Avengers: Age of Ultron opens tomorrow in the US. It has been three long years since we've seen Marvel's squad of superheroes team up against a common foe, and fans are hyped! What better way get even more hyped before the film (or keep the hype going after it ends) than a game featuring not only all of the Avengers, but also loads more Marvel characters all teaming up to save the world?
Today Netmarble released just such a game on mobile: Marvel Future Fight. The game lets players collect and build up a team of good and bad guys from the Marvel movies and comics and then put them to work stopping an interdimensional threat. Most excitingly, Marvel Future Fight actually looks and plays really well – it's practically a successor to the Marvel Ultimate Alliance series.
Heroes and villains team up against a common threat
Marvel Future Fight features a story penned by Peter David, co-creator of Spider-Man 2099 and a prolific comics author. The narrative comes to life between levels through pictures of characters talking to each other – not the most exciting way to tell a story. And yet, the writing is actually quite clever! David nails the banter and humor we expect our heroes to rely on when the chips are down, and even jokes about the robotic villain Ultron's origin having been changed in the latest Avengers movie.
The premise revolves around a mysterious apocalypse that has all but destroyed the future world. To save humankind from disaster, a dying Nick Fury sends the female robot Jocasta back in time to warn the Avengers. She must help them – and the player – build a team of heroes and villains strong enough to stop the dimension-hopping villains and save the world!
Heroes on a mission
Players start out with a team of three popular Avengers: Iron Man, Captain America (my fave), and Black Widow. You'll take these heroes (and eventually others) out on a sprawling main campaign consisting of nine chapters, each with multiple missions to play through. Being a free to play game, it costs energy to go on these missions – you know the drill.
Once in battle, you have the choice of two control schemes: 1-Touch or Pad. The 1-Touch style lets you tap anywhere on screen to move there, and tap enemies to attack them. Pad adds a virtual stick on the left and an attack button on the right. Both styles have on-screen buttons for each character's special moves, like Captain America's shield throw and Hawkeye's arrow barrage. I prefer the Pad style.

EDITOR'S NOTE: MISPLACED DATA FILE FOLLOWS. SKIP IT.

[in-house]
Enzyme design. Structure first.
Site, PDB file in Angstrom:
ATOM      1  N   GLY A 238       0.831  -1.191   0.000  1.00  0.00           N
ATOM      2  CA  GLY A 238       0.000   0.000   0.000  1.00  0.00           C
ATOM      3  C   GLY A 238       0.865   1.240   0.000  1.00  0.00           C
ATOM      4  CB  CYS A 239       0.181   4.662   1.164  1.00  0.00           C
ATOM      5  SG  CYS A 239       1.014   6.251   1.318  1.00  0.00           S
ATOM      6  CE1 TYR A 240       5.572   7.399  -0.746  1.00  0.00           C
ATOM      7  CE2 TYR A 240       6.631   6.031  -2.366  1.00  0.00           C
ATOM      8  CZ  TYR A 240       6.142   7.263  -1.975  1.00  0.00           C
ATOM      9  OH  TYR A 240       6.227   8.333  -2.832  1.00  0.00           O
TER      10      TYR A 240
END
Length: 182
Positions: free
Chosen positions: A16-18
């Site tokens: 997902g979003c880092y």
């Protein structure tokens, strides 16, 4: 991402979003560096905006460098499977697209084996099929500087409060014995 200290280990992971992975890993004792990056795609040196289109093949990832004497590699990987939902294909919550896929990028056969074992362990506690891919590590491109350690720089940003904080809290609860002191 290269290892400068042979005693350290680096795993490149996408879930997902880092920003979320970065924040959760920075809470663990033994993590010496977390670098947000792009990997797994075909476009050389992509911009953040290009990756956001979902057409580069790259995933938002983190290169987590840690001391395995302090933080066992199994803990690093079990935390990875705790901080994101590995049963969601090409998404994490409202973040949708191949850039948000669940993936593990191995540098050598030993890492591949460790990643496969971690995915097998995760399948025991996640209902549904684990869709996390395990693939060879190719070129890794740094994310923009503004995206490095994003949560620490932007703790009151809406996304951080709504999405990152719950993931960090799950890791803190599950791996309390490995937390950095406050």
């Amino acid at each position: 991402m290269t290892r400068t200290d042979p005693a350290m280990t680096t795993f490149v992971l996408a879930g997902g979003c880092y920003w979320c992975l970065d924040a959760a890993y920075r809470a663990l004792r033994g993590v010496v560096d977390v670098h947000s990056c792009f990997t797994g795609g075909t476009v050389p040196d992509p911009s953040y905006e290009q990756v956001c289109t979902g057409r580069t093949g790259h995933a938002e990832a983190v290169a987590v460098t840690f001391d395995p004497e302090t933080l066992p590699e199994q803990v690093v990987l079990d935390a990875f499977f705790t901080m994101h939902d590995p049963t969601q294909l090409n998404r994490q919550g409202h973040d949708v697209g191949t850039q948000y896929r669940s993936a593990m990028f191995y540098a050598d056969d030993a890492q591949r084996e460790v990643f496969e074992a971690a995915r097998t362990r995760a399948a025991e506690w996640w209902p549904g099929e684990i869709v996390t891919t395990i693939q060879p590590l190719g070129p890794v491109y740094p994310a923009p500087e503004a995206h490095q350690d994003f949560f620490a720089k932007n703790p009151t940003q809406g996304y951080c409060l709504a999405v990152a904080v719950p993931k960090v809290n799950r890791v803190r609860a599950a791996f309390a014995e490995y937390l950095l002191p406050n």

Running through short levels and pounding on bad guys proves quite fun. You can switch between your trio of heroes at any time. Each mission culminates in a boss, the first of which is (naturally) Ultron. You'll want to call in Striker (helper) characters to help deal with these stronger foes.
Collect them all
At launch, Marvel Future Fight has over 30 characters to collect, including the standard movie Avengers, Spider-Man and some of his friends and enemies, Thor's foes Loki and Malekith, and many more. You can unlock a character by finding a sufficient number of "Biometrics" for that character. These can be won from completing missions or by spending premium currency on Dimensions Chests, which award random prizes.
Marvel Future Fight has many of the trappings of the free to play format, such as the annoying energy mechanic. And eventually the missions start to get pretty hard, which will necessitate either some grinding or the purchase of premium currency.
Still, the game looks great, with faithful renditions of movie costumes for the characters who appear in films and comic costumes for those who haven't. The familiar action-RPG gameplay and strong writing help make Future Fight a fight worth having for Marvel fans.
- Free - Download Now
Master your iPhone in minutes
iMore offers spot-on advice and guidance from our team of experts, with decades of Apple device experience to lean on. Learn more with iMore!
Paul started writing about games in 2003 with his first strategy guide (Bomberman Land 2) for GameFAQs. He continued writing guides while earning his B.A. in Literature. When Windows Phone launched in late 2010, the Xbox integration lead our hero to jump on board the platform. He joined Windows Phone Central as Games Editor at the beginning of 2011, going on to review over 125 mobile Xbox titles over the years. He now leads Windows Central's Xbox One coverage, personally specializing in developer interviews, indie games, controllers and accessories, and Twitch broadcasts. Paul loves games on all platforms; he goes where the games are. Although very busy with console coverage, he sometimes contributes gaming articles to iMore and Android Central.